We've seen cities across the country testing or talking about guaranteed income programs where people get money with no strings attached.
One pilot project is now seeing success using a similar model to help Black business owners and address the structural racism they have experienced.
“Sometimes it's the smallest amount of money, just like we realized here. The difference between those businesses closing and them staying afloat was $1,000 a month. It was a small amount of money, but what we did as a lender, which was really unique, was look holistically at this and say it mattered to us to see those businesses in our portfolio survive,” said Jessica Norwood, the found of Runway, the firm behind the money going to Black businesses.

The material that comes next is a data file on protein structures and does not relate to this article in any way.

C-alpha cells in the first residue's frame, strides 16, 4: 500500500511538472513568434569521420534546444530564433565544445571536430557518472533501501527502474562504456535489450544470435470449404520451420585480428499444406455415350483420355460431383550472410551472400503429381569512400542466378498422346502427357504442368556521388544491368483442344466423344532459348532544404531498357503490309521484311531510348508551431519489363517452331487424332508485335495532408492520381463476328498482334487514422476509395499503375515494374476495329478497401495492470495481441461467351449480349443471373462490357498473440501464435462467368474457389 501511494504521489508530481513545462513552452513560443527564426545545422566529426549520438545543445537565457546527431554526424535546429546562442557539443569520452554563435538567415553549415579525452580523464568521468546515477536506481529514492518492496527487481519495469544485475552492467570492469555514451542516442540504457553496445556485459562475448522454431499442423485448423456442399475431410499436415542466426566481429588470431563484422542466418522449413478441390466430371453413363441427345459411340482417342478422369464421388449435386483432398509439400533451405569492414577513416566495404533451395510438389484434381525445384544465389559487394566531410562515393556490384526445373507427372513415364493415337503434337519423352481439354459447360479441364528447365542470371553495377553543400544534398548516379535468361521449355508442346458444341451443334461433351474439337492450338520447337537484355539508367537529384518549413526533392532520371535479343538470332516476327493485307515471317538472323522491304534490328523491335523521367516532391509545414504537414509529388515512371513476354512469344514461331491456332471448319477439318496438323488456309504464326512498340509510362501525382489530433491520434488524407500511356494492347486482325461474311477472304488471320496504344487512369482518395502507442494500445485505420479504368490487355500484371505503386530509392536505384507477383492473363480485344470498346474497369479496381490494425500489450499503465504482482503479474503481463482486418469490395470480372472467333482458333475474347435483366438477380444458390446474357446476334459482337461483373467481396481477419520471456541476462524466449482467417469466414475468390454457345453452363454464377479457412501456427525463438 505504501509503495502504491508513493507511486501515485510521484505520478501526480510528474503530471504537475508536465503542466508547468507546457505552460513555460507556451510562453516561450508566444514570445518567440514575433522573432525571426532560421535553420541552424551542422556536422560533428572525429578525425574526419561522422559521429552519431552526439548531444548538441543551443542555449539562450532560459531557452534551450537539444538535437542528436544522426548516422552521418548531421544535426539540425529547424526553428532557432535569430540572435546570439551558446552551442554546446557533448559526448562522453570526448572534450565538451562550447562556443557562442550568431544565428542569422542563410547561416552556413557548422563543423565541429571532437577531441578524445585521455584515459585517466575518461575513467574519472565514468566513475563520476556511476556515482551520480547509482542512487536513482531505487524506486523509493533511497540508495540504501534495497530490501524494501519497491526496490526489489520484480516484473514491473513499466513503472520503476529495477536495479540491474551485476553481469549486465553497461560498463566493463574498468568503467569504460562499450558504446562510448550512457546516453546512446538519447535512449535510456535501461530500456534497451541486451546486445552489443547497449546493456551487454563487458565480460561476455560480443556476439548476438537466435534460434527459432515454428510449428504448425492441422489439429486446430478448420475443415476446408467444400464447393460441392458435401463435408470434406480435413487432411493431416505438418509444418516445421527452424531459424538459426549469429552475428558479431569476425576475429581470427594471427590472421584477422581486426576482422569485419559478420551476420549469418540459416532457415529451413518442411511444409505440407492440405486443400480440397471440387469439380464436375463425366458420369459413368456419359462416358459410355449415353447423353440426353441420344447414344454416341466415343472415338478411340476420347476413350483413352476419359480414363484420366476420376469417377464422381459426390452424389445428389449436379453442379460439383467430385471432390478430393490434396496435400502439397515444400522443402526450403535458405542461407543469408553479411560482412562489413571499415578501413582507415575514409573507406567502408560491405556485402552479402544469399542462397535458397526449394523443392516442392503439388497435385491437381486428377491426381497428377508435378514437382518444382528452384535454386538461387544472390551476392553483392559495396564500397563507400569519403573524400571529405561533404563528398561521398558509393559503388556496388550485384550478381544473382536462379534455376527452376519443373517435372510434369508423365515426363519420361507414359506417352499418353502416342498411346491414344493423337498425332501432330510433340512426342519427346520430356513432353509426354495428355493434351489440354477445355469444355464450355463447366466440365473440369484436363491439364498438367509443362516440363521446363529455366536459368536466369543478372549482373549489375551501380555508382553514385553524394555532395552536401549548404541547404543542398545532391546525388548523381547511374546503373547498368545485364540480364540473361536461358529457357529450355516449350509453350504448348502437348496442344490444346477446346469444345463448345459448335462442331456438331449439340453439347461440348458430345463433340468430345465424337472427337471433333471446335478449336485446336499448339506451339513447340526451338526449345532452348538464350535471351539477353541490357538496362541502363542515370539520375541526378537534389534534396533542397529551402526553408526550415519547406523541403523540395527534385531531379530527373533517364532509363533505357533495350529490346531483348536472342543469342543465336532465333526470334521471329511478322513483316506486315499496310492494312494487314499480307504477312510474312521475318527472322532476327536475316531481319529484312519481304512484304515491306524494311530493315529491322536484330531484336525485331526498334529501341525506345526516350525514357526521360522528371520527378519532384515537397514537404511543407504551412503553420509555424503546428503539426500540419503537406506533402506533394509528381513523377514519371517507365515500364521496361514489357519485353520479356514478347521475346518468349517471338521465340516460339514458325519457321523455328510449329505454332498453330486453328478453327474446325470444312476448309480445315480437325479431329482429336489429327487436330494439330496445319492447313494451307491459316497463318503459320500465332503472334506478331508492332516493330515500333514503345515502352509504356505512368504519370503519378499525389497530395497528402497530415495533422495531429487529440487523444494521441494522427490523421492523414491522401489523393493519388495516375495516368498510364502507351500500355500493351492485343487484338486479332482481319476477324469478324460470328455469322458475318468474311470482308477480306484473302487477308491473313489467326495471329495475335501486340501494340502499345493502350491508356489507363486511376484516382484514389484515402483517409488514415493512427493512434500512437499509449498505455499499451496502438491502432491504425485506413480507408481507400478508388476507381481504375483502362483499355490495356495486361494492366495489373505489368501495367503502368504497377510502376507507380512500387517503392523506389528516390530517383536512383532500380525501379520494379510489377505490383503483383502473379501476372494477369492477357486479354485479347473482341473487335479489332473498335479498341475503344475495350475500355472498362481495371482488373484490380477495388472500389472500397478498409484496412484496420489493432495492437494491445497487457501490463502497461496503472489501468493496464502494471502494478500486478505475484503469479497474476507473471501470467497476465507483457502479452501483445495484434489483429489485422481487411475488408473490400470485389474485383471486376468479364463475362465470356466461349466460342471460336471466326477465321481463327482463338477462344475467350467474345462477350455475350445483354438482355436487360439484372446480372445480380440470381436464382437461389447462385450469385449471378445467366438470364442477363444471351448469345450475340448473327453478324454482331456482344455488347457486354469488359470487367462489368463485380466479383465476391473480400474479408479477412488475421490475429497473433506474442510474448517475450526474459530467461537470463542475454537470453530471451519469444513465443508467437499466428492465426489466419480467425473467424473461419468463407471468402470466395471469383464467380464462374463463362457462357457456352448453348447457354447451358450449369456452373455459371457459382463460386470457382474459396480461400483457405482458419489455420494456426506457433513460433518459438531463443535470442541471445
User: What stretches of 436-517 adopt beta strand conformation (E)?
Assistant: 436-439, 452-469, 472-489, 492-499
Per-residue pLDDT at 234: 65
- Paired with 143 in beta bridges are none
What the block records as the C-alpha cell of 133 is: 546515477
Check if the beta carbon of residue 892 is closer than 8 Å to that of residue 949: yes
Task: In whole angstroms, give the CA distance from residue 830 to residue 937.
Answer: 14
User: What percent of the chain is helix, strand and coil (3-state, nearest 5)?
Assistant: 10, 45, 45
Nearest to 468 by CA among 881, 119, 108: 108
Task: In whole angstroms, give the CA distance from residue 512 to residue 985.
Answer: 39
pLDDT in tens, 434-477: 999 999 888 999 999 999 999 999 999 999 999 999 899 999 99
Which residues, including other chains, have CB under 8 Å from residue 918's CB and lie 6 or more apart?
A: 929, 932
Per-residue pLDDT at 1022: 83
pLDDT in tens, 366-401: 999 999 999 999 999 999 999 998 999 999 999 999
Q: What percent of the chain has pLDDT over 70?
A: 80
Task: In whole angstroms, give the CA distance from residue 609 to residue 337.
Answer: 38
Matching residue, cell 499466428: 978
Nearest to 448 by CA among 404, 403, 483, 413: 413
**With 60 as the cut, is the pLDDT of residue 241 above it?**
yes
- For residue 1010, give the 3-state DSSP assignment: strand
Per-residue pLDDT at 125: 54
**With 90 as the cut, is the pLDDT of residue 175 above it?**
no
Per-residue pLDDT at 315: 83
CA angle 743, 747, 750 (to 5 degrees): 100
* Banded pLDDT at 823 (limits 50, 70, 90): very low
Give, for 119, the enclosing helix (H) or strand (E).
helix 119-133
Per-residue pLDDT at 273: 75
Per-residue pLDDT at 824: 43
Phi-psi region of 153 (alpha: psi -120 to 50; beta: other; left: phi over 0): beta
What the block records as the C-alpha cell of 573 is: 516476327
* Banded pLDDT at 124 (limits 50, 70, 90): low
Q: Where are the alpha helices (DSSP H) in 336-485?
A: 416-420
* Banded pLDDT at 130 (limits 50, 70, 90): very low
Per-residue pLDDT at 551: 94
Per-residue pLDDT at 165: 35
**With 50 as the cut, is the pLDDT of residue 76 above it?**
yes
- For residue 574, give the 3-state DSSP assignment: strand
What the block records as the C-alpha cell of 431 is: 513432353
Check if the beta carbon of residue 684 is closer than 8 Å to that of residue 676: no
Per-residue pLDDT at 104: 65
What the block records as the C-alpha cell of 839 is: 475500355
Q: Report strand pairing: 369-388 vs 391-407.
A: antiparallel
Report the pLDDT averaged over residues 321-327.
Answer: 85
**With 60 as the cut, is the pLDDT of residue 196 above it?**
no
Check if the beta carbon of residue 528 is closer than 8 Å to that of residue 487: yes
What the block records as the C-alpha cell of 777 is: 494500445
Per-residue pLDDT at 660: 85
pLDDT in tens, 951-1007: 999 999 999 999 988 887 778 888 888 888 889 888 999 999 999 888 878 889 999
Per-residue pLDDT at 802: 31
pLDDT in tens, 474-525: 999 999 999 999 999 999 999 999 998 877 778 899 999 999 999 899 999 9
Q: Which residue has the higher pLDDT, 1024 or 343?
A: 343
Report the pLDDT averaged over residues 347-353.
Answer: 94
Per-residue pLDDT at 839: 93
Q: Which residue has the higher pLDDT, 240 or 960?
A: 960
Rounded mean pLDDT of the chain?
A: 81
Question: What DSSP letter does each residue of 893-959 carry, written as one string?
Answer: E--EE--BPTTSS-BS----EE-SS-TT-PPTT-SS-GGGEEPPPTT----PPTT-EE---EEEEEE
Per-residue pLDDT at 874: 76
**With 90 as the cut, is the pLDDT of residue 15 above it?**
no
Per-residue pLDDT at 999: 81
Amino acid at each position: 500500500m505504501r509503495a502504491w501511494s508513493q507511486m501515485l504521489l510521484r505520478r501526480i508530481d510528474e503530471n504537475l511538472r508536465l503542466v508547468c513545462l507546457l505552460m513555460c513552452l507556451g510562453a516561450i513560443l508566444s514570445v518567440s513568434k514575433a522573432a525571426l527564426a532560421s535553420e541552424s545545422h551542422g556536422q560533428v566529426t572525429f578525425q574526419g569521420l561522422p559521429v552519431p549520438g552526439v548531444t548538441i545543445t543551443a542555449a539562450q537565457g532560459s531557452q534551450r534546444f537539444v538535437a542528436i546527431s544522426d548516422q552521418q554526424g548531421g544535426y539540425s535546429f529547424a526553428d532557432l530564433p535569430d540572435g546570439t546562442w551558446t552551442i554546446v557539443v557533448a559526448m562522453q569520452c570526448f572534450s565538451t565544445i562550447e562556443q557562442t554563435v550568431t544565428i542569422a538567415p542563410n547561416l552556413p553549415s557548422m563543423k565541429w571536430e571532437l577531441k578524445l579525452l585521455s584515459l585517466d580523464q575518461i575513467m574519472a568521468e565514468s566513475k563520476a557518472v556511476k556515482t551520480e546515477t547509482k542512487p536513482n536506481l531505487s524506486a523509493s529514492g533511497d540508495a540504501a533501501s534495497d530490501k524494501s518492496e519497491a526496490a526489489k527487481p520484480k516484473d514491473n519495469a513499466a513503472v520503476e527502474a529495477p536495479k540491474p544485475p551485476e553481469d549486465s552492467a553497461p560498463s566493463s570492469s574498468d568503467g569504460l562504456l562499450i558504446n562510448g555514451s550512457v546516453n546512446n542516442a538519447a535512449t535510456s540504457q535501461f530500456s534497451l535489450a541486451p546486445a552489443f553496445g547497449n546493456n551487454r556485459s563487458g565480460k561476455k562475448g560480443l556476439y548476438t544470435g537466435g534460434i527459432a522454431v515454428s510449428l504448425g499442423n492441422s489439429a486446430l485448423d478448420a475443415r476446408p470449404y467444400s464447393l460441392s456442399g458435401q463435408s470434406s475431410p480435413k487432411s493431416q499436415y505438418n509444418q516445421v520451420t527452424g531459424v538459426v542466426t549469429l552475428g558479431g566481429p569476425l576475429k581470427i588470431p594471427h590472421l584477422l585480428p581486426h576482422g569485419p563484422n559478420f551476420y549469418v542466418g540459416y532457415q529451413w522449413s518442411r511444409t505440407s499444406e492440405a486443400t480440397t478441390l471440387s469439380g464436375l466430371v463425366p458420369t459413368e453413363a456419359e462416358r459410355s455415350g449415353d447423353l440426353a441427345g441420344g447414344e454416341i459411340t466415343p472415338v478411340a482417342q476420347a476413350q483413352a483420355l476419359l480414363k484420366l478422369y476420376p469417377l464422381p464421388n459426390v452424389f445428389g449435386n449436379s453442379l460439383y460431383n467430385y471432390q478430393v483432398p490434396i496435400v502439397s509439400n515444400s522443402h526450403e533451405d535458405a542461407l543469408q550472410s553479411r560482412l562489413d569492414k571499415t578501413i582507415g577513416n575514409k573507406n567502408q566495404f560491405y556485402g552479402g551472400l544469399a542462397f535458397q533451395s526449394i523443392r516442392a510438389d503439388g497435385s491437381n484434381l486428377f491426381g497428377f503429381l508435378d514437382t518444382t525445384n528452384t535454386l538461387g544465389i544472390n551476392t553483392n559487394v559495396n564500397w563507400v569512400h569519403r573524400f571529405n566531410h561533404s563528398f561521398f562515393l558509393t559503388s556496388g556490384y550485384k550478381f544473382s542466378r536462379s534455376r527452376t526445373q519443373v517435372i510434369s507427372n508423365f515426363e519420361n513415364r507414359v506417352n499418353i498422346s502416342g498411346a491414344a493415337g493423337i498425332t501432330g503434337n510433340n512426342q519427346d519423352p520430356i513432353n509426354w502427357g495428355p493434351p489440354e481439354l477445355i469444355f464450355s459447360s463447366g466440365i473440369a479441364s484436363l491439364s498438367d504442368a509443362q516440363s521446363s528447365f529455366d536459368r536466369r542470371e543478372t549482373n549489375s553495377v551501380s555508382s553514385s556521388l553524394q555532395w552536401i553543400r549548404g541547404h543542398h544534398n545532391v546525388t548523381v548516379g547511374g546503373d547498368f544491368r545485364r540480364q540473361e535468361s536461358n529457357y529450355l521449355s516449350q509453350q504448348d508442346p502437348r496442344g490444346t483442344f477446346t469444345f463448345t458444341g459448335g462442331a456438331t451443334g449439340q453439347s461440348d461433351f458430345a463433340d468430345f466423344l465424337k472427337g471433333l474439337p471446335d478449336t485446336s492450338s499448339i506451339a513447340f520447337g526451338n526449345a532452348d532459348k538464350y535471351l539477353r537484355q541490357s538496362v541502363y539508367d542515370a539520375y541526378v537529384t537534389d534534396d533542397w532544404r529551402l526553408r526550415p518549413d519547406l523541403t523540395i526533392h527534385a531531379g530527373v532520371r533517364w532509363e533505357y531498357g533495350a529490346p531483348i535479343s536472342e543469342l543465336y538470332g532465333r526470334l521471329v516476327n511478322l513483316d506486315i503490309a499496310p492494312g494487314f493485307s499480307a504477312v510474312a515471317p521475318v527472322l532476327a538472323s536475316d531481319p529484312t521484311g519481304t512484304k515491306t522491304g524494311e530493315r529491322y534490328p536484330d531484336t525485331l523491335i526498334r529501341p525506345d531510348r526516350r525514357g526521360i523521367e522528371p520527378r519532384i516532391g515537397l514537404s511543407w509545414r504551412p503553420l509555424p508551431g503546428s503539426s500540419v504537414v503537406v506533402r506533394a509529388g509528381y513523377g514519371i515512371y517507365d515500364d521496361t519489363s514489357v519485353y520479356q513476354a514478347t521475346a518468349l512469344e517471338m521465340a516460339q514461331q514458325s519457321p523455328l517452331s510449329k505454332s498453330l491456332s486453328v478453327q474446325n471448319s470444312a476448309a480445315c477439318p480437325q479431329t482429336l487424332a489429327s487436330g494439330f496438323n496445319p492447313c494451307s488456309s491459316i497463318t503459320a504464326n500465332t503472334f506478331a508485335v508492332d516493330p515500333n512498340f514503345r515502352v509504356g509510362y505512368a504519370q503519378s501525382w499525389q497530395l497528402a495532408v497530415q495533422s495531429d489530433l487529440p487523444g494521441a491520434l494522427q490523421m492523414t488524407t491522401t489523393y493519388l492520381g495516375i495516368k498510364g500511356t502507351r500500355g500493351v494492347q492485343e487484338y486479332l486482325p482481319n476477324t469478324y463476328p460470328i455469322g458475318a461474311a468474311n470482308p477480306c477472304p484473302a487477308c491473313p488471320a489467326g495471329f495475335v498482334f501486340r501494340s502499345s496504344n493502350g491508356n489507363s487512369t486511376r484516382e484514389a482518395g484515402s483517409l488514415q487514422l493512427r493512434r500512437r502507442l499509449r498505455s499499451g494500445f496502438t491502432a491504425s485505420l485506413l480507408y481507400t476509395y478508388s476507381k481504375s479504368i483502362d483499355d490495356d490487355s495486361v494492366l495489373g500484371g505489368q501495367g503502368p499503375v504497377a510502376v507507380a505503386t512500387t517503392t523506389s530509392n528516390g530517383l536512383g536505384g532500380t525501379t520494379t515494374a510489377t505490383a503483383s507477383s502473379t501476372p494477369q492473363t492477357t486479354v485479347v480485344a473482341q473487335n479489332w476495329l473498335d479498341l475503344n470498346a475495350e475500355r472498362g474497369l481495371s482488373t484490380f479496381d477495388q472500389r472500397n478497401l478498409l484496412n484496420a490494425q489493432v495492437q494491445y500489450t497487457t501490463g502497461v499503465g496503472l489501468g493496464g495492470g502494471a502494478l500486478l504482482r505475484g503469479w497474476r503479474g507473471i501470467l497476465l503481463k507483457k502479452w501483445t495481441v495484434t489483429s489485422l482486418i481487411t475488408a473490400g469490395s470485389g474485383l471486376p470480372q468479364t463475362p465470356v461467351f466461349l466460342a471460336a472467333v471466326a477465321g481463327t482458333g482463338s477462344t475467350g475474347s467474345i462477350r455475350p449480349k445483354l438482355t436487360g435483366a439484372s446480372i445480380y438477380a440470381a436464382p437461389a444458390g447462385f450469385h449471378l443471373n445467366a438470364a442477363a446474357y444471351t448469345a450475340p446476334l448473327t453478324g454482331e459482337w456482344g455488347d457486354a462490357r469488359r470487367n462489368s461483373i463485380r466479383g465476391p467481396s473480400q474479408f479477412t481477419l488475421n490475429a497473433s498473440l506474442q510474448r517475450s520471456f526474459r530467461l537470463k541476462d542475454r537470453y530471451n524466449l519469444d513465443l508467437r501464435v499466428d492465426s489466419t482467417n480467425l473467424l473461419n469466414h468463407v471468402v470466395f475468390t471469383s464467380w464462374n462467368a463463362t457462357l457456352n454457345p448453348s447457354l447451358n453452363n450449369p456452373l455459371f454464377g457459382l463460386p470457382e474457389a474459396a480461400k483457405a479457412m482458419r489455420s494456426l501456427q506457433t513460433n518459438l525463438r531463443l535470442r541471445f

Runway gave companies in Oakland and Boston $1,000 a month, no strings attached, from March to December.
Norwood says every business could use the money how they wanted and all of them ended up being able to stay open.
Along with the money, they also received business, mental and emotional support.
“To have somebody come in and say, ‘don't stress right now, we've got you, we will figure this out together, because we're all trying to figure this out,’ I think that's the difference in the kind of money that we're talking about and hopefully the kind of money I want to see everybody talking about,” said Norwood.
She says they've gotten requests to expand the pilot to other cities. And she wants to support others who want to bring the “business basic income idea” to their communities.
Right now, Runway is looking at the next way it can help. Norwood wants to keep raising money and giving it out. You can find out about getting involved at Runway.family.